We are left, then, with a system that defines Social Security rights based on state inheritance rights. But inheritance questions are trickier. When a claimant collects Social Security benefits, that act has no effect on anyone else. For example, three divorced wives can all collect full benefits on the estate of a deceased wage earner, as long as each was married to him for 10 years. They do not have to split his benefits. So a posthumously conceived child, if ruled eligible to collect, would not be taking benefits away from a surviving spouse or other surviving children.
Inheritance questions, however, are trickier. While recognizing inheritance rights of a posthumously conceived child will not always disrupt the estate, sometimes it will. For example, if the surviving spouse indicates the intent to conceive a posthumous child in the future, an estate might have to be kept open—and some of the assets of other heirs held back—for ten years, or even longer. And that might deprive existing children of some needed resources, or deprive a surviving spouse of some earned or necessary support.
To give another example, in some adversarial estate situations, such a rule might also create perverse incentives to have posthumously conceived children. That is, a second husband or wife may conceive a child in order to gain a greater share of the estate—which might otherwise go to the decedent’s children from a first marriage. But it’s important to remember that the very same incentive existed when the decedent was alive. In this instance, the only difference is that the incentive to have more children, so that one’s own children get a greater share of the estate, will simply continue on past the death of the man in question.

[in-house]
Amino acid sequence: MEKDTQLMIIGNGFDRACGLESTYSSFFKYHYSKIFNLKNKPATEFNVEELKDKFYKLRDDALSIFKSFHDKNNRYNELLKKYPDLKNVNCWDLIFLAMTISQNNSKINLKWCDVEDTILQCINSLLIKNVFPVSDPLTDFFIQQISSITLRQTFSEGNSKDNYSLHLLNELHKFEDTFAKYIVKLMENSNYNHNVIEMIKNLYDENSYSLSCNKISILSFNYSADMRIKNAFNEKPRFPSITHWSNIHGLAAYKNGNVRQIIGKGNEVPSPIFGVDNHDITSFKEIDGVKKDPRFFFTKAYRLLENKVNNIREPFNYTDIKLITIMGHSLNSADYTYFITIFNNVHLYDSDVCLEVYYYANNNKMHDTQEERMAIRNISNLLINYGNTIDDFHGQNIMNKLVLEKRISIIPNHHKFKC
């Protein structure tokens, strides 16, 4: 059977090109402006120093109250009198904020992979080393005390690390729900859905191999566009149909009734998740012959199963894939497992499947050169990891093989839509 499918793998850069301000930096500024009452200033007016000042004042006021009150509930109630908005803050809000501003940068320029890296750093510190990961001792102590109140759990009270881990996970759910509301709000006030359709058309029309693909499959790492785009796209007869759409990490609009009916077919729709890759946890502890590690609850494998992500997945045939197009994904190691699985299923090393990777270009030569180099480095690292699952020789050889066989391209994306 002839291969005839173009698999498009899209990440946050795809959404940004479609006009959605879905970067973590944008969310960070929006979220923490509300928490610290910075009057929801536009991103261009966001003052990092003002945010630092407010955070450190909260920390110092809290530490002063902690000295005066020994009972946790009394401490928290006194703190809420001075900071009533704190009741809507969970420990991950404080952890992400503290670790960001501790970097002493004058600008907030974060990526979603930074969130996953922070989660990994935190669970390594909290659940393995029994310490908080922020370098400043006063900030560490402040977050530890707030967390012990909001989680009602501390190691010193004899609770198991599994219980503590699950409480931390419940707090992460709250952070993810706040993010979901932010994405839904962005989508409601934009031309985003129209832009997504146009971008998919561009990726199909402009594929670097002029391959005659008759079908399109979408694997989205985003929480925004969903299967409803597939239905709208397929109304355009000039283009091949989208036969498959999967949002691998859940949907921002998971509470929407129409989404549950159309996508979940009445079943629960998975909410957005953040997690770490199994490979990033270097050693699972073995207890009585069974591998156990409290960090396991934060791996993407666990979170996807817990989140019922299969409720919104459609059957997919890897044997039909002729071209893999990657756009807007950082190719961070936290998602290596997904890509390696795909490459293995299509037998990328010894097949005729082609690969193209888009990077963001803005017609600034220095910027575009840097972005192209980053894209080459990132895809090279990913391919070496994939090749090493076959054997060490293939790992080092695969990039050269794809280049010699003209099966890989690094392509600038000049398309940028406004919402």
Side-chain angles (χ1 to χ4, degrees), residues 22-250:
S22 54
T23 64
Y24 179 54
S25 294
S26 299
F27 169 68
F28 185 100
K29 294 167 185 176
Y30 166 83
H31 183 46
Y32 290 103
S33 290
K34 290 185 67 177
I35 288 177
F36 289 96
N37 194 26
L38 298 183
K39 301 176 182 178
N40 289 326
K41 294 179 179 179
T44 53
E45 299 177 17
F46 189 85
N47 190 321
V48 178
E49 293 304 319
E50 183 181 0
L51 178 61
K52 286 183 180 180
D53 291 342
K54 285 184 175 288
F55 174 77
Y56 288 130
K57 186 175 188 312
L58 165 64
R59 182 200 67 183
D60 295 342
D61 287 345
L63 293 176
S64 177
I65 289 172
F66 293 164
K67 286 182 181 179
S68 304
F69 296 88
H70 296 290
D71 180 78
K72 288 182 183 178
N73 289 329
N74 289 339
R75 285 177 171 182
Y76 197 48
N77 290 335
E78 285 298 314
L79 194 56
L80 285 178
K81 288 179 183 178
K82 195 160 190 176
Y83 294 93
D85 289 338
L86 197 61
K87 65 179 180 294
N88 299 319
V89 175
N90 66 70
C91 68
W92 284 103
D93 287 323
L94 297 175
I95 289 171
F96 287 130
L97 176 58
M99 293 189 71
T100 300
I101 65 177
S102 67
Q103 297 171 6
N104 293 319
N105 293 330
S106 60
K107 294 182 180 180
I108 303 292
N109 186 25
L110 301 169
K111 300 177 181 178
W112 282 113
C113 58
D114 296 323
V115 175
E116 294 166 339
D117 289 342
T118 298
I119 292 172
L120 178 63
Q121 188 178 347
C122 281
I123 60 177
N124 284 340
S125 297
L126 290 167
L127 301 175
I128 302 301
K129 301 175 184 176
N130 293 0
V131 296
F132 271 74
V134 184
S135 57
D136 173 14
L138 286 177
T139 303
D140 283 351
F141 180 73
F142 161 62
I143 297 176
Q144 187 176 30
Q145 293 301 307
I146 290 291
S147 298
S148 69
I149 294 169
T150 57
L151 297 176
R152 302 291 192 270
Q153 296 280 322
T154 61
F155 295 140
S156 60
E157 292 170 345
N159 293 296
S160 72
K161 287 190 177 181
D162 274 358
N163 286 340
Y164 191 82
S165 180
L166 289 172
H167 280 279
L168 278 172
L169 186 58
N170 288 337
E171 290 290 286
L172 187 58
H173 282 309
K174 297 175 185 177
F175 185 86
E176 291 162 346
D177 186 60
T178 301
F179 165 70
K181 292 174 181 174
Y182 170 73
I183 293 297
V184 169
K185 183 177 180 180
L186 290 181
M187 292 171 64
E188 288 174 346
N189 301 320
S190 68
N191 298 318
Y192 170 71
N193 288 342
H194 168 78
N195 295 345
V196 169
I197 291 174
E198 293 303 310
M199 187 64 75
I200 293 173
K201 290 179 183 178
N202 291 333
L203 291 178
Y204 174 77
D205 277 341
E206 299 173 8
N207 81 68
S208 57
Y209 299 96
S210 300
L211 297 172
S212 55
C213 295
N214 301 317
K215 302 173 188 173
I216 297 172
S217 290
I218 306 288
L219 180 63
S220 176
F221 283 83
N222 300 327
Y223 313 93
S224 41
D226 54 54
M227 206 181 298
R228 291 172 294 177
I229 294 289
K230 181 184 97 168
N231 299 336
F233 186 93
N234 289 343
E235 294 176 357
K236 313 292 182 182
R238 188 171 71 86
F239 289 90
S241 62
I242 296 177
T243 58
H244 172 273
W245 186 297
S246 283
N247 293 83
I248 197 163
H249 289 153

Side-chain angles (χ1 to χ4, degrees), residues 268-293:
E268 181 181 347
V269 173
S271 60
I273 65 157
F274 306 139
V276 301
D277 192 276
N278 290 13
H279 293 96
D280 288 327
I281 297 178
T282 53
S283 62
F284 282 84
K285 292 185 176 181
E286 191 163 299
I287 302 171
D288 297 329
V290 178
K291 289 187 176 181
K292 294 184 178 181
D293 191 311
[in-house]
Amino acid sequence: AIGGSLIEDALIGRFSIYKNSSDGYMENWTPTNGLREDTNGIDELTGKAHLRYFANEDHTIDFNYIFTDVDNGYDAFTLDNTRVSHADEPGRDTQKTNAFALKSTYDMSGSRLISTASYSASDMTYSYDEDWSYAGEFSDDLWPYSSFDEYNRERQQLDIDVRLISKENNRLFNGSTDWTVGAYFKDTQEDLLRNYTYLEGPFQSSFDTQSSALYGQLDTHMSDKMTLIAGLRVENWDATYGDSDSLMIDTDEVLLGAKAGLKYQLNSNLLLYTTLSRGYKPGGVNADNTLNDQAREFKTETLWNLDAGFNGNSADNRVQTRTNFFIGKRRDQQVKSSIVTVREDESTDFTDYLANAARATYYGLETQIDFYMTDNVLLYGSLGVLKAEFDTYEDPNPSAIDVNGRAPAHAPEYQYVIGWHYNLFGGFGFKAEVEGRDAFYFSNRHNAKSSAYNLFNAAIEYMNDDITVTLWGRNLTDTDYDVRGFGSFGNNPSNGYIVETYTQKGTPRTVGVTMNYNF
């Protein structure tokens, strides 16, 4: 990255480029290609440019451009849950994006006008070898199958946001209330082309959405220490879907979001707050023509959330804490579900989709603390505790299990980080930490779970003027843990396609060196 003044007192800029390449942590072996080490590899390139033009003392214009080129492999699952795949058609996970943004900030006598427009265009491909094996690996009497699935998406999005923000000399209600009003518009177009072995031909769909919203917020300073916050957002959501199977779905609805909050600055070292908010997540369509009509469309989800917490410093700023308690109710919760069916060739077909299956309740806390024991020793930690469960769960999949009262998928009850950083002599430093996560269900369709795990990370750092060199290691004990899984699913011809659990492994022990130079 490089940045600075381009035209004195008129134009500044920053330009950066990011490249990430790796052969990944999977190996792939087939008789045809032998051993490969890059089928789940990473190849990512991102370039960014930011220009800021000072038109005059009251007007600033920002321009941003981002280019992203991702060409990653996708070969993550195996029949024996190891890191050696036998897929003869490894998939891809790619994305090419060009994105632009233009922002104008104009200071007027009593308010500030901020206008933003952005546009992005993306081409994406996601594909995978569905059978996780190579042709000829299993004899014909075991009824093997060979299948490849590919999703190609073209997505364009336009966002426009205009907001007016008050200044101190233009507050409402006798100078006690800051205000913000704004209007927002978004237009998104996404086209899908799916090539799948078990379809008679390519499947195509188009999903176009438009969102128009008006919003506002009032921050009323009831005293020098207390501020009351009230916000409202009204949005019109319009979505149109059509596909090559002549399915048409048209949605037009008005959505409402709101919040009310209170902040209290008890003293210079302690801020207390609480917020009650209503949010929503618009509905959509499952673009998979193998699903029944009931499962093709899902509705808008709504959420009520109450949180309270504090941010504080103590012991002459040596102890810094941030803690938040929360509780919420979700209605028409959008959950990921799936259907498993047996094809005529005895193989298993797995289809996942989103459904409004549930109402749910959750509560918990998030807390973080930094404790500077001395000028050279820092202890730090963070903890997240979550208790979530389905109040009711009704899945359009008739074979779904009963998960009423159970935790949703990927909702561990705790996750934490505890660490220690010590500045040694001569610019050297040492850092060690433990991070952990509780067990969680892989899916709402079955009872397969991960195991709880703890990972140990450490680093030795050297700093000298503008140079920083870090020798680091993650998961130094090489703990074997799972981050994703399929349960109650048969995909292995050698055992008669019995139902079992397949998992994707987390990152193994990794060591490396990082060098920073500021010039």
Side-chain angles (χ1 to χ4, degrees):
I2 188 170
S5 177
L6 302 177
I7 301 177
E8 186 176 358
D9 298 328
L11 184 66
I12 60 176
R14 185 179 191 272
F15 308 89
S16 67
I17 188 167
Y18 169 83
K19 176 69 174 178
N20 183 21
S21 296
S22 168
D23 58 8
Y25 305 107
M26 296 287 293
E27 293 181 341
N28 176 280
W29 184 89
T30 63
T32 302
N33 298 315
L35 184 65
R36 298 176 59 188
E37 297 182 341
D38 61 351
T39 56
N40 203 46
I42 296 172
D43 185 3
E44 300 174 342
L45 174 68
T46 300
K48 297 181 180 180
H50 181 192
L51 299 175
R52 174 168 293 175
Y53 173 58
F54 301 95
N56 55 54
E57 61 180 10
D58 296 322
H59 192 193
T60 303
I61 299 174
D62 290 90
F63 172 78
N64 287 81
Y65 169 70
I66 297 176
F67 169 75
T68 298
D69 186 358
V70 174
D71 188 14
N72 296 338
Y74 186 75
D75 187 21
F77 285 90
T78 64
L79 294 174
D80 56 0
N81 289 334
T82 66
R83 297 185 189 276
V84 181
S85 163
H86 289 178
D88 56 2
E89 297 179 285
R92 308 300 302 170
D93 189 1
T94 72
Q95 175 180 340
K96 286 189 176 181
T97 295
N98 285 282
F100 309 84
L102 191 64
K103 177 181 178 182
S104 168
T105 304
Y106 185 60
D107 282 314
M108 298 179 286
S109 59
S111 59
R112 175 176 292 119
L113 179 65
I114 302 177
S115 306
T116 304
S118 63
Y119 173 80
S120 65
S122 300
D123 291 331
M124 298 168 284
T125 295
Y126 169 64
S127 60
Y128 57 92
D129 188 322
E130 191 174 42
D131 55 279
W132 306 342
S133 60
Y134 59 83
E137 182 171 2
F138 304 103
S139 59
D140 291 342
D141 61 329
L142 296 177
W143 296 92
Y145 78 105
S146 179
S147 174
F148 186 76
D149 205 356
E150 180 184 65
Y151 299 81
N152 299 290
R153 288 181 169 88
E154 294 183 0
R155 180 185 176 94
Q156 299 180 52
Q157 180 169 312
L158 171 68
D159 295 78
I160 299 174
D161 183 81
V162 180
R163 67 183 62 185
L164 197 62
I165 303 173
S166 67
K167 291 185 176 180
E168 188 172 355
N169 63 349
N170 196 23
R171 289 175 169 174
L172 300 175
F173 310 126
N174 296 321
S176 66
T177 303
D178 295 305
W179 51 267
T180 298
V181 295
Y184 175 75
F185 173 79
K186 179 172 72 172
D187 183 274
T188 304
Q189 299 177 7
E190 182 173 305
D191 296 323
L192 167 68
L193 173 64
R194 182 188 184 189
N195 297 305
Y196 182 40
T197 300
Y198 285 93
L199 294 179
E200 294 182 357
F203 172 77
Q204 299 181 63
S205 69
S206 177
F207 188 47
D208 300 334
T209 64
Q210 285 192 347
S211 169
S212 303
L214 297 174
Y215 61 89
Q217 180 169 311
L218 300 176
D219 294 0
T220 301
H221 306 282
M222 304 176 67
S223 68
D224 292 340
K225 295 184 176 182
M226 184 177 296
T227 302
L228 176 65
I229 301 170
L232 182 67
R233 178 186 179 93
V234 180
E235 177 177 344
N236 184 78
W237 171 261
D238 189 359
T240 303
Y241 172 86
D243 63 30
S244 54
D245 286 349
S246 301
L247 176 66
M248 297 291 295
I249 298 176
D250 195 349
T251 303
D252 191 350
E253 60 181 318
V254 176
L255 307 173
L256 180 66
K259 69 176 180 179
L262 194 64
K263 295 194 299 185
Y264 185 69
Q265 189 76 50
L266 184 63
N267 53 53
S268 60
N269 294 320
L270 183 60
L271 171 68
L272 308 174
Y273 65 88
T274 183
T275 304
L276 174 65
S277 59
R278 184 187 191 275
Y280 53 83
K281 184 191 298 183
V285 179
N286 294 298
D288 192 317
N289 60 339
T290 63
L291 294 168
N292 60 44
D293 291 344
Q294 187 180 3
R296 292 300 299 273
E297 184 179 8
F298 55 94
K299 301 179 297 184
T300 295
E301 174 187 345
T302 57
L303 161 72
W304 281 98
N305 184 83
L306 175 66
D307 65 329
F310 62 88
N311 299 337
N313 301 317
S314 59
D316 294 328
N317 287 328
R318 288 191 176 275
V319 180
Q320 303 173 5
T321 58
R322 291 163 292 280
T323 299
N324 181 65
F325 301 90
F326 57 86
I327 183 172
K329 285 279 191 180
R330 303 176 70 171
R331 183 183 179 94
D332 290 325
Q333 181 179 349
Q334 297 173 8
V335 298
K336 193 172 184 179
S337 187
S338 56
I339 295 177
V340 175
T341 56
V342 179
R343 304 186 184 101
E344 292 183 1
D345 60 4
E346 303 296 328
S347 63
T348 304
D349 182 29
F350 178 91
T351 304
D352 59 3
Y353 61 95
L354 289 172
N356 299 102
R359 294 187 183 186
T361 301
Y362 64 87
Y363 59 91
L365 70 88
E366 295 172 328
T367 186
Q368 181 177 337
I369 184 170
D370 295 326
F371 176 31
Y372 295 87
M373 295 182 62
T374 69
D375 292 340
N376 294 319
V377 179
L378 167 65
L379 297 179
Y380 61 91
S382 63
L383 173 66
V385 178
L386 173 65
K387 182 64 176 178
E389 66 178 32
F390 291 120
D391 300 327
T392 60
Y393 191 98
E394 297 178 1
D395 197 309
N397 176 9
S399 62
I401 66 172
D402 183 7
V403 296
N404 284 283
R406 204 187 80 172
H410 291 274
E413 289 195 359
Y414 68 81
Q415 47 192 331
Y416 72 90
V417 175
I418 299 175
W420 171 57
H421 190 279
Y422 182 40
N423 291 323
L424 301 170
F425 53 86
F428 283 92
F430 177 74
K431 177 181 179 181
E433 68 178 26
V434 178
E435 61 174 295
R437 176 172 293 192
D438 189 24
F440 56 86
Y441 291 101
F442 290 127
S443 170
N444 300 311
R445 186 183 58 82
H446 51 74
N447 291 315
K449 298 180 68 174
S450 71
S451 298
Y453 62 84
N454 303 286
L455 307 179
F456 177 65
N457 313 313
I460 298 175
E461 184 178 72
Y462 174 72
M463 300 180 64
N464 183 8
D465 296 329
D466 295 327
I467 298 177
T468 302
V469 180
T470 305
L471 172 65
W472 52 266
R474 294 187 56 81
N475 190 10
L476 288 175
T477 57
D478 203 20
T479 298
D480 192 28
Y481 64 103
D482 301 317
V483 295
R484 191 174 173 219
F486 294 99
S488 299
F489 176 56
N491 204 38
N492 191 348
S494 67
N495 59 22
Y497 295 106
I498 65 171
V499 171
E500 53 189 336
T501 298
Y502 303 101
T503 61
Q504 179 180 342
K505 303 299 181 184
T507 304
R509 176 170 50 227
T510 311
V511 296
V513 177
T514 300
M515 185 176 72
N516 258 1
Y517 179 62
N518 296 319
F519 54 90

State legislatures, in devising statutory rules relating to posthumously conceived children, must take into account these various possibilities. Most of the existing state statutes are defensible—for they have struck a reasonable compromise that provides the possibility of protection for posthumously conceived offspring, while also narrowing that protection in order to avoid possible administrative and substantive problems.
Speaking generally, the legislatures that have already acted are less vulnerable to criticism than those that have so far abstained from legislating in this area. Although I favor the adoption by states of a rule that is inclusive and that takes into account the increasing scientific, social, and legal complexity of the new family, at this point in time, it is more important that legislatures adopt a rule to govern this situation than that they adopt any particular rule, so that both parents and children know what to expect, and how to plan for the future.